Professional courtesy or special treatment?

Professional courtesy or special treatment?

I got this link to a site where various law enforcement officers complain when others in their profession don’t extend “professional courtesy” to them or their family and friends, which apparently means that they think that they shouldn’t be issued tickets or citations for breaking the same laws that would get civilians cited.

There are dozens of stories listed, plus a “d**k of the month” award for the “most egregious” offenders. I would hope that most cops would be appalled at such disrespect for brother LEOs just doing their jobs.

What’s especially ironic is that on a page on the site entitled “What cops want you to know” is this piece of advice to the general public: “Here’s how to get out of a ticket. don’t break the law.” Seems like excellent advice for the cops too.

Police do a difficult job under difficult circumstances, which is why they are compensated pretty well in general. (Look at the lists of top-paid public employees in your town, city, or state, and cops will be well-represented.) We should accord them the respect and honor they deserve.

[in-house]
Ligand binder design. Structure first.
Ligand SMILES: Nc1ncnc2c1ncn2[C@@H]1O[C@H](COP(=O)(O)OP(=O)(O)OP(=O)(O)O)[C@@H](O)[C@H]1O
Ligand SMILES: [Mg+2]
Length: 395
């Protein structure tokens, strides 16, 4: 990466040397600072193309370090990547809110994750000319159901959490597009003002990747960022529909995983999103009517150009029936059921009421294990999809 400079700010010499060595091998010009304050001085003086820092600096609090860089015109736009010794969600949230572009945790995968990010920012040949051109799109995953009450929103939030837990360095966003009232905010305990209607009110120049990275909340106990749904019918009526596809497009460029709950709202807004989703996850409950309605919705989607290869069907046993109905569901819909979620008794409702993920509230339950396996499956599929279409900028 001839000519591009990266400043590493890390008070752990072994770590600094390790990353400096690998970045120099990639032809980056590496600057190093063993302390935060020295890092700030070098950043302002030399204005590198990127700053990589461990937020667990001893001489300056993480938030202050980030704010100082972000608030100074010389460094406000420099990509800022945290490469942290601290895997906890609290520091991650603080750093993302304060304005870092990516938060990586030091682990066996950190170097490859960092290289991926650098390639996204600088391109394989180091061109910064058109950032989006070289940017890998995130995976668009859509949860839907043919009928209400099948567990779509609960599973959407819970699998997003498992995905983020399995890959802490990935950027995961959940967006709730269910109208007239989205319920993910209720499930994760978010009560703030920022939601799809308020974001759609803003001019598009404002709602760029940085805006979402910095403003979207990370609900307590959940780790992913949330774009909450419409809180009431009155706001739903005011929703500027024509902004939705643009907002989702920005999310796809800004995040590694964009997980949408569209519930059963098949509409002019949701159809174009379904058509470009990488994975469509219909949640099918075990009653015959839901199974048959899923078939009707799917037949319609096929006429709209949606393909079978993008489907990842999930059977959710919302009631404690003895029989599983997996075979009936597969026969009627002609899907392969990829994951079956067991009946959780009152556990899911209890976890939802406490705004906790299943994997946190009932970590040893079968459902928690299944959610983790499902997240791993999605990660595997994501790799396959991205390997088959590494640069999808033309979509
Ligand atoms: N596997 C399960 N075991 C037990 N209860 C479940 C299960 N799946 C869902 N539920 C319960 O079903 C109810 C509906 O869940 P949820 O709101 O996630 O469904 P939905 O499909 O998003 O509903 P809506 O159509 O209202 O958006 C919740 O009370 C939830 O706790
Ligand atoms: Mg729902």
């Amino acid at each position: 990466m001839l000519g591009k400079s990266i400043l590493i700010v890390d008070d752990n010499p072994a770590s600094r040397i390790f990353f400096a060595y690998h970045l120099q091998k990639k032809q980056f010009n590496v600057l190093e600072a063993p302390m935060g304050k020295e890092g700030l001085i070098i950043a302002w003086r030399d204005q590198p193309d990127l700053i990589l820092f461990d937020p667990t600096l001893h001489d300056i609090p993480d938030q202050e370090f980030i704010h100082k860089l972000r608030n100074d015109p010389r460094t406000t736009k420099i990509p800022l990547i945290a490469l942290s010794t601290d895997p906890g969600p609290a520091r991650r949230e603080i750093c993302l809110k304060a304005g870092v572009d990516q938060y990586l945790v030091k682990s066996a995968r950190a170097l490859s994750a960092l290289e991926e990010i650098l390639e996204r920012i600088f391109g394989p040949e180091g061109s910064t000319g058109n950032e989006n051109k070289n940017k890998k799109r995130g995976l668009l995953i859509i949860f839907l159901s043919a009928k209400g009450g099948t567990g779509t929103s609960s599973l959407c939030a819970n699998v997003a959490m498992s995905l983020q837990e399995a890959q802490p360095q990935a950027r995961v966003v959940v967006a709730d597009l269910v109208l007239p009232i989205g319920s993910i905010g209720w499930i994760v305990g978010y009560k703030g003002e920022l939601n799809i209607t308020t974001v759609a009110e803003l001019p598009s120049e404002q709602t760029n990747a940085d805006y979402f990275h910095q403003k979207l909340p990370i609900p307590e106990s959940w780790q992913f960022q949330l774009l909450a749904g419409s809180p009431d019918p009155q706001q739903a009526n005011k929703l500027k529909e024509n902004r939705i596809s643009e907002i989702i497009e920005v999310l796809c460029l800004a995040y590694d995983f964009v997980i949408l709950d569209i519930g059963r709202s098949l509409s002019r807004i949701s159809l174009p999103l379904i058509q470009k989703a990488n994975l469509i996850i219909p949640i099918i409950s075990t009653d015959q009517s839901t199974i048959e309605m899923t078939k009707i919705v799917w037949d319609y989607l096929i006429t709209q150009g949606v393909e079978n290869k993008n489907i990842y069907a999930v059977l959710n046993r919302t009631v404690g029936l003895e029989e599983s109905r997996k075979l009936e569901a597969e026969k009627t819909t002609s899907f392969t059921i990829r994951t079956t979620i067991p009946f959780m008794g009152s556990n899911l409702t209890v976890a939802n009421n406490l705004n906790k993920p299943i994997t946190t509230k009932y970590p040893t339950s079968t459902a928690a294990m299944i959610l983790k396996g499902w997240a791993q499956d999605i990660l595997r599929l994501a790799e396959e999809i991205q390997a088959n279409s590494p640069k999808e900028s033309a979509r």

But that doesn’t put them above the law or entitle them to special treatment under the law. I can’t think of anything more corrosive to a democratic republic than arbitrary special treatment for a protected class.

If I get stopped going 75 in a 50, the officer stopping me can give me a warning or a ticket. That’s his discretion. If he stops an off-duty cop or a family member doing the same thing, he should use that same discretion. It should not just be an automatic warning or a turning of a blind eye. That’s not right.

Written by
Domenico Bettinelli